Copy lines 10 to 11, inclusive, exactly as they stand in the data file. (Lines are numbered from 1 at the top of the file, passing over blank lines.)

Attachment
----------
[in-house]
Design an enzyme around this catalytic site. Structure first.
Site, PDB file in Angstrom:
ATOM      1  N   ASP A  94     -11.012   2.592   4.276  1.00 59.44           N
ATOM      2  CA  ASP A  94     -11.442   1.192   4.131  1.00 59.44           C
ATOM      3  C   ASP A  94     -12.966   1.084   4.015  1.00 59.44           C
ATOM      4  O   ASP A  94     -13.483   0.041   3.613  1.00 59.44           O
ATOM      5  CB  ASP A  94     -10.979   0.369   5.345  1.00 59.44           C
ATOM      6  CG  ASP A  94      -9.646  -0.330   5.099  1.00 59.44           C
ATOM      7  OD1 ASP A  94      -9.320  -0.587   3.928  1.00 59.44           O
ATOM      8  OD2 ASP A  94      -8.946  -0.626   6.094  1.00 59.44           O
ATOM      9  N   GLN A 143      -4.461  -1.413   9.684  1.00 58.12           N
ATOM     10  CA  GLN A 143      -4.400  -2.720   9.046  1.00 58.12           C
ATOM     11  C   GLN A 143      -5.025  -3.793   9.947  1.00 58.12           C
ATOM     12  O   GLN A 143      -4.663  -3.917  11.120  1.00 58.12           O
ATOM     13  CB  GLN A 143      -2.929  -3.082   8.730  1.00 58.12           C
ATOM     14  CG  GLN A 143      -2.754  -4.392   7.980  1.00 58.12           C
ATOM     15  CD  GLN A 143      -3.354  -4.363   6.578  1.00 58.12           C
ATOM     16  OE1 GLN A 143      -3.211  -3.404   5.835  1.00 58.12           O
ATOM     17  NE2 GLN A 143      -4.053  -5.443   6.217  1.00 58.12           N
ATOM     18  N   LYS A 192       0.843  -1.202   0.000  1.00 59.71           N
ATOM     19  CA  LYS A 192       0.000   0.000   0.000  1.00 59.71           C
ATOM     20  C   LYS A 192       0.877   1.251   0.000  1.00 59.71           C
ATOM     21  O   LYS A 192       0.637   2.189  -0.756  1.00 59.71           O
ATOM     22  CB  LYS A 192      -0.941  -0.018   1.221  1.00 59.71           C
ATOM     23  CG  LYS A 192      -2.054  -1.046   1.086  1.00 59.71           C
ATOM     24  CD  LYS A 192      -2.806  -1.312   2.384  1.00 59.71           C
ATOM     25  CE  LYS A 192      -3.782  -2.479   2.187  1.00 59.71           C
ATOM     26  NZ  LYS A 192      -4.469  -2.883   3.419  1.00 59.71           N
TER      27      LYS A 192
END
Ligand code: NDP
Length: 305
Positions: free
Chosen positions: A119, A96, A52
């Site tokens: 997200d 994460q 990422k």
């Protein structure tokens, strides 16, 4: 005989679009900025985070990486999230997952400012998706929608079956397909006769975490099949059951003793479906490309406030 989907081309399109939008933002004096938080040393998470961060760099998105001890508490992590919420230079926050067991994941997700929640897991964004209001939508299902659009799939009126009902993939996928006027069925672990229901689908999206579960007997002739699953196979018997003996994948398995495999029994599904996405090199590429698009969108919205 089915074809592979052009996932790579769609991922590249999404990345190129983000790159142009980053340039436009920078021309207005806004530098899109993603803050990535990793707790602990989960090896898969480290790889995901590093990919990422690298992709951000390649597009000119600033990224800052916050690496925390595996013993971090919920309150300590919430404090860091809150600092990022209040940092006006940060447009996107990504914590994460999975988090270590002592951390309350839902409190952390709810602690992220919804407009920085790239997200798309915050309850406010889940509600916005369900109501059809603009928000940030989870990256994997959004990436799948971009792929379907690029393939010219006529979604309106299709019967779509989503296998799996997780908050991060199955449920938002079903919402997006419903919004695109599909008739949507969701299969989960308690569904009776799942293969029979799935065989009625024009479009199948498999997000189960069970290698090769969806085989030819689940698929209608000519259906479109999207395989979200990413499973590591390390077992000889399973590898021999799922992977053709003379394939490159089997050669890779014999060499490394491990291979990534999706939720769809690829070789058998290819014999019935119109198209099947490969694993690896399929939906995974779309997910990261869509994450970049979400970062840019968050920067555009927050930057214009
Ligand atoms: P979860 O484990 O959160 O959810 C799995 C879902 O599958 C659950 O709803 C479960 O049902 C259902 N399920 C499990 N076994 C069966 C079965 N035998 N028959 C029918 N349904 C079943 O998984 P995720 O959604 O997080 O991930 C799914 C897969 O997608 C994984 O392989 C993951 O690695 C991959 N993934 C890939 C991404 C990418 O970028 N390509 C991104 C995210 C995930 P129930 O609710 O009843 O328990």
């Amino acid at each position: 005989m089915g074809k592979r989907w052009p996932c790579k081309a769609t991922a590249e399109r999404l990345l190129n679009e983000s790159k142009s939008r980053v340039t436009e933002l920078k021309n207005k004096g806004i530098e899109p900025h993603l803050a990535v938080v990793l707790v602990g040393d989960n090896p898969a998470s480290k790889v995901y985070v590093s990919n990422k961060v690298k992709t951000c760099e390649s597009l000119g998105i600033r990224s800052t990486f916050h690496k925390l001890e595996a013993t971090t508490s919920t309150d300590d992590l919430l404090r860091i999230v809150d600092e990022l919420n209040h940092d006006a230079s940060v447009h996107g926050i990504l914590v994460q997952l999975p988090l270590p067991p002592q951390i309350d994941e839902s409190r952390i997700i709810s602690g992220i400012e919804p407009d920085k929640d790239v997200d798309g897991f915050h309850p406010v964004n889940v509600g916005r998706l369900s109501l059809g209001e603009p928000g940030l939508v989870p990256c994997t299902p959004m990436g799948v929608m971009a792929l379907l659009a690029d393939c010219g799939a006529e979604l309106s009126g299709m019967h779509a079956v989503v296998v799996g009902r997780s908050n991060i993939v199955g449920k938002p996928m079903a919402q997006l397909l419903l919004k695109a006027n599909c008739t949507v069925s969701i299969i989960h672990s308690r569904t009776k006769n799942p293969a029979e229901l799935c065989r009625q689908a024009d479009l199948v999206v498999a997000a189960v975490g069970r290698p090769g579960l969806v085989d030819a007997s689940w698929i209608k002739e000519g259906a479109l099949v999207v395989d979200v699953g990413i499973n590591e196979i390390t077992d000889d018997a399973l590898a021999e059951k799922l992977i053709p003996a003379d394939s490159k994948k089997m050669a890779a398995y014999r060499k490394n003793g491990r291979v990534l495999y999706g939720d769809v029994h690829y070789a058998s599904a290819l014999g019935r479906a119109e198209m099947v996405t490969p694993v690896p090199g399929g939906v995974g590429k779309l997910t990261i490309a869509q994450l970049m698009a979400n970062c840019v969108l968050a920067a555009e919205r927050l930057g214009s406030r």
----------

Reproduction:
ATOM      7  OD1 ASP A  94      -9.320  -0.587   3.928  1.00 59.44           O
ATOM      8  OD2 ASP A  94      -8.946  -0.626   6.094  1.00 59.44           O